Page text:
Regulations Create a Bad Environment for New York Biz

Date: May 03, 2016

Senate Bill 6932 would reform the burdensome State Environmental Quality Review Act

Regulations Create a Bad Environment for New York Biz

New
York lawmakers could save small businesses a lot of time and money, a small
consolation prize after what has been an abysmal few months for Main Street
businesses here.

 Legislators
introduced a bill to reform the State Environmental Quality Review Act, which
has burdened entrepreneurs with unnecessary regulations and discouraged them
from pursuing projects that would benefit the community, said Mike Durant,
NFIB/New York state director.

 New
York is one of only 16 states that impose environmental planning laws,
according to the Empire Center for Public Policy’s report on the law.
Additionally, the state’s laws are some of the most restrictive and harmful to
small businesses in the country, the report states.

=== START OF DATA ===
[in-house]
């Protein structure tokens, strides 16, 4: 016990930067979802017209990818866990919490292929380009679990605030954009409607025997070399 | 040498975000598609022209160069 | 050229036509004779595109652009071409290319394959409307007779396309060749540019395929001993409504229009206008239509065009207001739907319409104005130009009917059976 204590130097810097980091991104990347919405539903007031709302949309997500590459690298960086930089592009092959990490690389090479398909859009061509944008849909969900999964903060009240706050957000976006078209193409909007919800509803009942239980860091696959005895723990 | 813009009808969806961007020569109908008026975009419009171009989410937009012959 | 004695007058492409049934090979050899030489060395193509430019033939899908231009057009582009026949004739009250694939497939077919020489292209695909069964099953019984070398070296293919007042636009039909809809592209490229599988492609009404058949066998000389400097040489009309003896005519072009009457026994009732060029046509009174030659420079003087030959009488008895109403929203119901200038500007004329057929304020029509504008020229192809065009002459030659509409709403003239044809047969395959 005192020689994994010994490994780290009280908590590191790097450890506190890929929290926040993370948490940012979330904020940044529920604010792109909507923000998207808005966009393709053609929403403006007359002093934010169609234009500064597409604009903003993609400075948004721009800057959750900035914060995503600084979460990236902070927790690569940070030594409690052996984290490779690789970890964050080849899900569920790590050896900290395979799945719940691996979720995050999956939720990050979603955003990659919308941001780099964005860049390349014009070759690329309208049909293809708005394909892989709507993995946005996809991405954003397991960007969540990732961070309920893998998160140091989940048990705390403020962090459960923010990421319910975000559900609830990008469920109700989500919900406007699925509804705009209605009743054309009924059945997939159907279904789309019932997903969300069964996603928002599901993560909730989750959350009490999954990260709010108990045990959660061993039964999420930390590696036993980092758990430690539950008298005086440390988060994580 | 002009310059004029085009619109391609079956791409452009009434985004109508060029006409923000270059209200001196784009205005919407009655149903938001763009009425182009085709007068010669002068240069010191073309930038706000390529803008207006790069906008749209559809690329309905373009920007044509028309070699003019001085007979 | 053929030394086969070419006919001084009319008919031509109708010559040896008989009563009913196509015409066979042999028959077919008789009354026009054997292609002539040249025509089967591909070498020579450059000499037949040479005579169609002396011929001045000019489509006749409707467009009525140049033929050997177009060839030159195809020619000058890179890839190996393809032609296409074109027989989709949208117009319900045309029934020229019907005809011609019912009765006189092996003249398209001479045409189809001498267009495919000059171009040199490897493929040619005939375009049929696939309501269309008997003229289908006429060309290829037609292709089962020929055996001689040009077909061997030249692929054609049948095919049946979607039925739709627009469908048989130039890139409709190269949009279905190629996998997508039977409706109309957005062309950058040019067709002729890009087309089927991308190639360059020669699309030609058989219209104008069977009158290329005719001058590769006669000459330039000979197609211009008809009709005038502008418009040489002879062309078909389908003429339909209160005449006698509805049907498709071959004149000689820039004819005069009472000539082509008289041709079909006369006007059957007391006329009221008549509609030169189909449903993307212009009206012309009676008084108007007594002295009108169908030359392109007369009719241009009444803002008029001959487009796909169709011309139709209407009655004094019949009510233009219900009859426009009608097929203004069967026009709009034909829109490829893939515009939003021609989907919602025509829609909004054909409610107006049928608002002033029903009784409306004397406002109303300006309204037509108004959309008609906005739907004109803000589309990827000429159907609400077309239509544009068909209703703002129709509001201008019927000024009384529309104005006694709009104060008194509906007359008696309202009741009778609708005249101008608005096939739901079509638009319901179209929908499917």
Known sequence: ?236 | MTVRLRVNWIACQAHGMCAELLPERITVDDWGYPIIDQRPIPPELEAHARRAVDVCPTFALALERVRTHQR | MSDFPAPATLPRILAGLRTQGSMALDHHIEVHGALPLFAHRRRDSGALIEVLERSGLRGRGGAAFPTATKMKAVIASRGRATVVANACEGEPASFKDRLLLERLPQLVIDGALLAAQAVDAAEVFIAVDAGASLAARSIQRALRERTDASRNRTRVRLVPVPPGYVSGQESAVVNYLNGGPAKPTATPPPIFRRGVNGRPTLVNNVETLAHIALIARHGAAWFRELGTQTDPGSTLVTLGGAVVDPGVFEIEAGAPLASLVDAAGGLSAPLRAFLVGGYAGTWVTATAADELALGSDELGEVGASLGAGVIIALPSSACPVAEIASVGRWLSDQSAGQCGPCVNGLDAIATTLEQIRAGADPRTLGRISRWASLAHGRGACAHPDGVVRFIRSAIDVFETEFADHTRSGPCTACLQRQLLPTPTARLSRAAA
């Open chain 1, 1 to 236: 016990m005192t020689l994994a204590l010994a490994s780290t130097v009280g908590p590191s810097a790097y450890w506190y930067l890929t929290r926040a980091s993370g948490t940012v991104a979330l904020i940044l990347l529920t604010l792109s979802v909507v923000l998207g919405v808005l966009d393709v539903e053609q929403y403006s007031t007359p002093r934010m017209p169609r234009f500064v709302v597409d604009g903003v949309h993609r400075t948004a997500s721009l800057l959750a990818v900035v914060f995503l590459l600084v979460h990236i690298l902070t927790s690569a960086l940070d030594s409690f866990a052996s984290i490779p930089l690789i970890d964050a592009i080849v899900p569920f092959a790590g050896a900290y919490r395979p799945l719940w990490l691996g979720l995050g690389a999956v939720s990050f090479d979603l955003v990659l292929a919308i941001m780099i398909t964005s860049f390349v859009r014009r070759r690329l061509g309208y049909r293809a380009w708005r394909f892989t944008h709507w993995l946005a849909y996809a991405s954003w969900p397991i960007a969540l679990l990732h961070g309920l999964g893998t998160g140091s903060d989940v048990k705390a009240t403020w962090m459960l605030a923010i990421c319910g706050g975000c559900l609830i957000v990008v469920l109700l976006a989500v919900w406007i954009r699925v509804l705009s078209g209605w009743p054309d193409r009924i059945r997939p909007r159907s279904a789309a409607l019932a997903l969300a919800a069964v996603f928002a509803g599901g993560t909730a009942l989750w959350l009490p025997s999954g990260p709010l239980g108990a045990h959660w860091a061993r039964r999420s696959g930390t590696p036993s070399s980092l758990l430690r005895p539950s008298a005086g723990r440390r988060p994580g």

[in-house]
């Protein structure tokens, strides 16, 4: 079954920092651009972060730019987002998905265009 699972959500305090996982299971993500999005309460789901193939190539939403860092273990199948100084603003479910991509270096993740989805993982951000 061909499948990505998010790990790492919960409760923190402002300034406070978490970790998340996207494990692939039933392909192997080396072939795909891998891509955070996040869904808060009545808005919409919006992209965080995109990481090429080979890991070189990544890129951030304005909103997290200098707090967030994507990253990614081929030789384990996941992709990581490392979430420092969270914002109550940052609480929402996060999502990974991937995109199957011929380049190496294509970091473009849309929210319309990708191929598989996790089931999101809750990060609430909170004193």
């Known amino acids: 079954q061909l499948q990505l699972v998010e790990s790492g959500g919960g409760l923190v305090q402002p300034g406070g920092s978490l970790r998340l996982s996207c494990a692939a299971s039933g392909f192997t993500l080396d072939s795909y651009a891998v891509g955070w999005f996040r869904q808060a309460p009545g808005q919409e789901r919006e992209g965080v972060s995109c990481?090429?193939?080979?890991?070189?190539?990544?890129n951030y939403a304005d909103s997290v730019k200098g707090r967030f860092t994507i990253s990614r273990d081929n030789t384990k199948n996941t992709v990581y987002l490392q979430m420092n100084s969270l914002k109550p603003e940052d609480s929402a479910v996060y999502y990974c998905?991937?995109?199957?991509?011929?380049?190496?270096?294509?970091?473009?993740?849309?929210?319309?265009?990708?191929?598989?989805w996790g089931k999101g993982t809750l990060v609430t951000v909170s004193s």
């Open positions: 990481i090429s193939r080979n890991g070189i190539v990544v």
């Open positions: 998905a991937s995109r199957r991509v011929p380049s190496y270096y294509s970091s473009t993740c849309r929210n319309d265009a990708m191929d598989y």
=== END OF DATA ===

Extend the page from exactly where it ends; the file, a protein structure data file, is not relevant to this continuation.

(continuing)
The
regulation requires businesses to fill out an environmental impact statement if
a project might have adverse effects on the environment. Federal law only
requires an individual to fill out this form if a project will negatively
affect the environment The ensuing review process is time consuming and
expensive, Durant said.

“The
uncertainty and delays of the SEQR process mean lost opportunity for job
creation and development that could help keep New York’s property taxes down,”
Durant said. “The lengthy process discourages small businesses, contractors,
developers, engineers and others from incurring up-front costs and making
investments in communities.”

Senate
Bill 6932 would simplify the SEQR process by approving time frames for the
review process, and it establishes a timeline that the lead agency and sponsor
adhere to during the process.

 It
also bans agencies from bringing up new environmental impact concerns during
the scoping process—which often needlessly extends a review—unless it is a
concern that could stop the project from moving forward. The bill is currently
being considered in committee, and it is uncertain when it could be brought to
the floor for discussion.

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